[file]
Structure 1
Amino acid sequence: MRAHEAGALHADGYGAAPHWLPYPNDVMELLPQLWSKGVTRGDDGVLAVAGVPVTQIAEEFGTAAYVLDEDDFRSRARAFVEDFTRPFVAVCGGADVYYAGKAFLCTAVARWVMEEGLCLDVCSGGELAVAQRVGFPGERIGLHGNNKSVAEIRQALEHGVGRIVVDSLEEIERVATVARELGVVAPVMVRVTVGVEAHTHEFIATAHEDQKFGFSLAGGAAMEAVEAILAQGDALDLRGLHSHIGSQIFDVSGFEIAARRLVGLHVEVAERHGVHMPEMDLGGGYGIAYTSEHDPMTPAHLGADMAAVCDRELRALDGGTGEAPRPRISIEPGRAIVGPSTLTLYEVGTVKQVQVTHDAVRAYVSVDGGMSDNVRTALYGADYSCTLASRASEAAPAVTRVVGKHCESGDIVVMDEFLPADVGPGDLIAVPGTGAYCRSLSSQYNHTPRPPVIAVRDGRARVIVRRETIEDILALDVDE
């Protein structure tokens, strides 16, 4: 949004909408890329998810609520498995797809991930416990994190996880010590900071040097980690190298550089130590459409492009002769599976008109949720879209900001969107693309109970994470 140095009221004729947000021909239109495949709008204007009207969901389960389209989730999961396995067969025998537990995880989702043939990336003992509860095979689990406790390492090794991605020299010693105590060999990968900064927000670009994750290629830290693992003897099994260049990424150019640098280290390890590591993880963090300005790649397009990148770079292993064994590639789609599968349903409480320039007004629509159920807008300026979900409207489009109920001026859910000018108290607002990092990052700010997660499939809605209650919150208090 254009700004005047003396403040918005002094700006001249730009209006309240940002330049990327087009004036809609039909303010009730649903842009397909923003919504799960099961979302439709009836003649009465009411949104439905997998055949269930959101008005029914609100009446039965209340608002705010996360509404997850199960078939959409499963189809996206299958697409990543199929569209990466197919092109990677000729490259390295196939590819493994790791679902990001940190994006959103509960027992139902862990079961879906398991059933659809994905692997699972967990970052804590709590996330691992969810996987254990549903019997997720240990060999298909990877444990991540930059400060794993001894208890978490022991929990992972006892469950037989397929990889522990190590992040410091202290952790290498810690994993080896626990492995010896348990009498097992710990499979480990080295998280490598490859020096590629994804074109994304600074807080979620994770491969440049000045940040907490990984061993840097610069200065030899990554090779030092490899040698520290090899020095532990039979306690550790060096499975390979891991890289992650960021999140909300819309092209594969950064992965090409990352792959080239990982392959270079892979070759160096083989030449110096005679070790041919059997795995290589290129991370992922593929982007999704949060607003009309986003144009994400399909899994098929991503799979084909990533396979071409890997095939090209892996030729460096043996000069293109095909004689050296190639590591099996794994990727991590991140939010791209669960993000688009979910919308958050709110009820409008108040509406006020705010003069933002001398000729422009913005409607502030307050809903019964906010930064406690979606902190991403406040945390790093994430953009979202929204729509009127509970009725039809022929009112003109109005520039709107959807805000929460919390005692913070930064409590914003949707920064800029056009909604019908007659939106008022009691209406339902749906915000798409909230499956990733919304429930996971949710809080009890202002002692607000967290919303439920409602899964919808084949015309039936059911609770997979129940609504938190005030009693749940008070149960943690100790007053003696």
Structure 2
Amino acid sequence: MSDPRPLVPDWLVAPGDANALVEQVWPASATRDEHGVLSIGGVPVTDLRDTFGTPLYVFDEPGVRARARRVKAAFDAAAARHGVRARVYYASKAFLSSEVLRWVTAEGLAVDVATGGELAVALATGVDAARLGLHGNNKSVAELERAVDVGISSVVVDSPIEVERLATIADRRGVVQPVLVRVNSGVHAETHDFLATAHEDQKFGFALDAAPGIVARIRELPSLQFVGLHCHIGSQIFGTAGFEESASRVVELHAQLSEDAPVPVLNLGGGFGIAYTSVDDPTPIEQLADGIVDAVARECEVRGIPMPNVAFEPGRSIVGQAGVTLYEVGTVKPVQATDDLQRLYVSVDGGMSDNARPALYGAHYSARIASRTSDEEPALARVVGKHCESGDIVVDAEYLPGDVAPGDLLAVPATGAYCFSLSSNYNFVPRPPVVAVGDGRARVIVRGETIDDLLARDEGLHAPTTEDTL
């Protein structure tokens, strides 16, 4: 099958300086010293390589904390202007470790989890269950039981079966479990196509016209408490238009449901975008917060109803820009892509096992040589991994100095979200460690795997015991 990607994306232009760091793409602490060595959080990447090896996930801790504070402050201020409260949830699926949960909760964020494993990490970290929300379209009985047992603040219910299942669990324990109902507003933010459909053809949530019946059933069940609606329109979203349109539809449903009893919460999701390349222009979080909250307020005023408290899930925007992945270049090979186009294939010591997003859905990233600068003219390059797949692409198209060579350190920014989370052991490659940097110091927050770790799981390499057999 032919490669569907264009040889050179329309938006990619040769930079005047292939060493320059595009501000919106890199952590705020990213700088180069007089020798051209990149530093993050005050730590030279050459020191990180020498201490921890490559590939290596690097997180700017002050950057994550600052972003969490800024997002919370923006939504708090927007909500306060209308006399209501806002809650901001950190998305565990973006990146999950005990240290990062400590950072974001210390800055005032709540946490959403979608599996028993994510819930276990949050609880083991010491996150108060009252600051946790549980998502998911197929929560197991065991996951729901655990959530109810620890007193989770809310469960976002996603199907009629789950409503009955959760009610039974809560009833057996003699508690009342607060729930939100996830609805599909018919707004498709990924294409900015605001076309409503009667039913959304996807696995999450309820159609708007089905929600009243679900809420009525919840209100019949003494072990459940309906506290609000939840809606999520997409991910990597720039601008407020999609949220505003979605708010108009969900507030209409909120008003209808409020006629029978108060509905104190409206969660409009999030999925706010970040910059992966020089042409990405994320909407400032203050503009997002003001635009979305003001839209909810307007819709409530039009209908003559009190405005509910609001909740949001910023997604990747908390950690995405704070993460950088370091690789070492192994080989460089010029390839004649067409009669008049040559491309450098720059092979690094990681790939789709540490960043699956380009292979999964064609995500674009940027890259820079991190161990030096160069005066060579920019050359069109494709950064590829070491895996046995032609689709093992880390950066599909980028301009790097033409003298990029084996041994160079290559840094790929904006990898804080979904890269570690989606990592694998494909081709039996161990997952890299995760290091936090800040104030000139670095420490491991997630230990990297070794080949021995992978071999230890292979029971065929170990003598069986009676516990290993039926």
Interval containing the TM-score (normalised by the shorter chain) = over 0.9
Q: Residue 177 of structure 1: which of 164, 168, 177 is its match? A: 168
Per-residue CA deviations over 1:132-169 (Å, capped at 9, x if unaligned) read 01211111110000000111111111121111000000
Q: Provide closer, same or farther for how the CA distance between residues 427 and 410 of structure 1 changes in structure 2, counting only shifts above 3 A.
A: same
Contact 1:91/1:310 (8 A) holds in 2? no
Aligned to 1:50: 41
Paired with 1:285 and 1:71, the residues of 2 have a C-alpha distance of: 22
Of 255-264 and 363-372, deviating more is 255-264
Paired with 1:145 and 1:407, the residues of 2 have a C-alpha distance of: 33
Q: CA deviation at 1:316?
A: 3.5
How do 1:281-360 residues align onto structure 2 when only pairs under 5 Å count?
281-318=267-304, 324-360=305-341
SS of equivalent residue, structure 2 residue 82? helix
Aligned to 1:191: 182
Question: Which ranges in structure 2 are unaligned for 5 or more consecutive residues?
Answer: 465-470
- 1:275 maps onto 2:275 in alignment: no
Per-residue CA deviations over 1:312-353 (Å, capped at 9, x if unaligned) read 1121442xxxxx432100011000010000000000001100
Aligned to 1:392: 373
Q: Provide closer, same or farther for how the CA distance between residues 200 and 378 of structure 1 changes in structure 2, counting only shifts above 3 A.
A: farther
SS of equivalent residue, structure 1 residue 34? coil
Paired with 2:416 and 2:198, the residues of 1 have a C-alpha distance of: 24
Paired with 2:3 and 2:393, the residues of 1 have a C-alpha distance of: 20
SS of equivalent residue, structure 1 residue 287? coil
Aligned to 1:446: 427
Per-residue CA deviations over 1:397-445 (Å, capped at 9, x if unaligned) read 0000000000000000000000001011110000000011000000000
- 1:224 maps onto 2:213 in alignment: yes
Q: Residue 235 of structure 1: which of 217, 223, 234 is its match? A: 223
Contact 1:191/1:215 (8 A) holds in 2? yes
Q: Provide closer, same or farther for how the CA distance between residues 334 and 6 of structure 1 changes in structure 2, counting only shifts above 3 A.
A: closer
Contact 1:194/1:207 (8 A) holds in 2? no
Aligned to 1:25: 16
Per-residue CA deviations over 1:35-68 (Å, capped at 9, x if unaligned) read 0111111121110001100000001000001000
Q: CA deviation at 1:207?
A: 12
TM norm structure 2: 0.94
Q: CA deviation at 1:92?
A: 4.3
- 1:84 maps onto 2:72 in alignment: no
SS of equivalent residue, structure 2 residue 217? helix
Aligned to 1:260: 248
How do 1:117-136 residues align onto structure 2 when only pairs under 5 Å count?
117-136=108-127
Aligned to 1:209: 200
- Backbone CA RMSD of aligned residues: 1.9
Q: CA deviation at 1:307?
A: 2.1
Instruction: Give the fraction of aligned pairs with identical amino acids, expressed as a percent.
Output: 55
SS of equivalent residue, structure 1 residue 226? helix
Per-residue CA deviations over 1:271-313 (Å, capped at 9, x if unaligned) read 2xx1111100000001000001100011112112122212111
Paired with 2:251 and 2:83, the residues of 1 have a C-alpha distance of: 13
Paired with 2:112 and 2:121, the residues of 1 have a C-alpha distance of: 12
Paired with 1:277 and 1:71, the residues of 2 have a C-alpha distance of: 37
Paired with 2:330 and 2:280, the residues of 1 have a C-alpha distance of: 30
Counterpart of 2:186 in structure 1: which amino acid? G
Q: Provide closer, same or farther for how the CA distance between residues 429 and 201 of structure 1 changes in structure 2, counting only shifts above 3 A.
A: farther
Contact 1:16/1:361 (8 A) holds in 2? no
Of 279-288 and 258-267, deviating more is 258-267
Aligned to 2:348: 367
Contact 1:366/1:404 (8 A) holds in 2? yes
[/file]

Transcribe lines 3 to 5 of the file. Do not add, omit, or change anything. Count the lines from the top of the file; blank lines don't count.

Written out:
């Protein structure tokens, strides 16, 4: 949004909408890329998810609520498995797809991930416990994190996880010590900071040097980690190298550089130590459409492009002769599976008109949720879209900001969107693309109970994470 140095009221004729947000021909239109495949709008204007009207969901389960389209989730999961396995067969025998537990995880989702043939990336003992509860095979689990406790390492090794991605020299010693105590060999990968900064927000670009994750290629830290693992003897099994260049990424150019640098280290390890590591993880963090300005790649397009990148770079292993064994590639789609599968349903409480320039007004629509159920807008300026979900409207489009109920001026859910000018108290607002990092990052700010997660499939809605209650919150208090 254009700004005047003396403040918005002094700006001249730009209006309240940002330049990327087009004036809609039909303010009730649903842009397909923003919504799960099961979302439709009836003649009465009411949104439905997998055949269930959101008005029914609100009446039965209340608002705010996360509404997850199960078939959409499963189809996206299958697409990543199929569209990466197919092109990677000729490259390295196939590819493994790791679902990001940190994006959103509960027992139902862990079961879906398991059933659809994905692997699972967990970052804590709590996330691992969810996987254990549903019997997720240990060999298909990877444990991540930059400060794993001894208890978490022991929990992972006892469950037989397929990889522990190590992040410091202290952790290498810690994993080896626990492995010896348990009498097992710990499979480990080295998280490598490859020096590629994804074109994304600074807080979620994770491969440049000045940040907490990984061993840097610069200065030899990554090779030092490899040698520290090899020095532990039979306690550790060096499975390979891991890289992650960021999140909300819309092209594969950064992965090409990352792959080239990982392959270079892979070759160096083989030449110096005679070790041919059997795995290589290129991370992922593929982007999704949060607003009309986003144009994400399909899994098929991503799979084909990533396979071409890997095939090209892996030729460096043996000069293109095909004689050296190639590591099996794994990727991590991140939010791209669960993000688009979910919308958050709110009820409008108040509406006020705010003069933002001398000729422009913005409607502030307050809903019964906010930064406690979606902190991403406040945390790093994430953009979202929204729509009127509970009725039809022929009112003109109005520039709107959807805000929460919390005692913070930064409590914003949707920064800029056009909604019908007659939106008022009691209406339902749906915000798409909230499956990733919304429930996971949710809080009890202002002692607000967290919303439920409602899964919808084949015309039936059911609770997979129940609504938190005030009693749940008070149960943690100790007053003696």
Structure 2
Amino acid sequence: MSDPRPLVPDWLVAPGDANALVEQVWPASATRDEHGVLSIGGVPVTDLRDTFGTPLYVFDEPGVRARARRVKAAFDAAAARHGVRARVYYASKAFLSSEVLRWVTAEGLAVDVATGGELAVALATGVDAARLGLHGNNKSVAELERAVDVGISSVVVDSPIEVERLATIADRRGVVQPVLVRVNSGVHAETHDFLATAHEDQKFGFALDAAPGIVARIRELPSLQFVGLHCHIGSQIFGTAGFEESASRVVELHAQLSEDAPVPVLNLGGGFGIAYTSVDDPTPIEQLADGIVDAVARECEVRGIPMPNVAFEPGRSIVGQAGVTLYEVGTVKPVQATDDLQRLYVSVDGGMSDNARPALYGAHYSARIASRTSDEEPALARVVGKHCESGDIVVDAEYLPGDVAPGDLLAVPATGAYCFSLSSNYNFVPRPPVVAVGDGRARVIVRGETIDDLLARDEGLHAPTTEDTL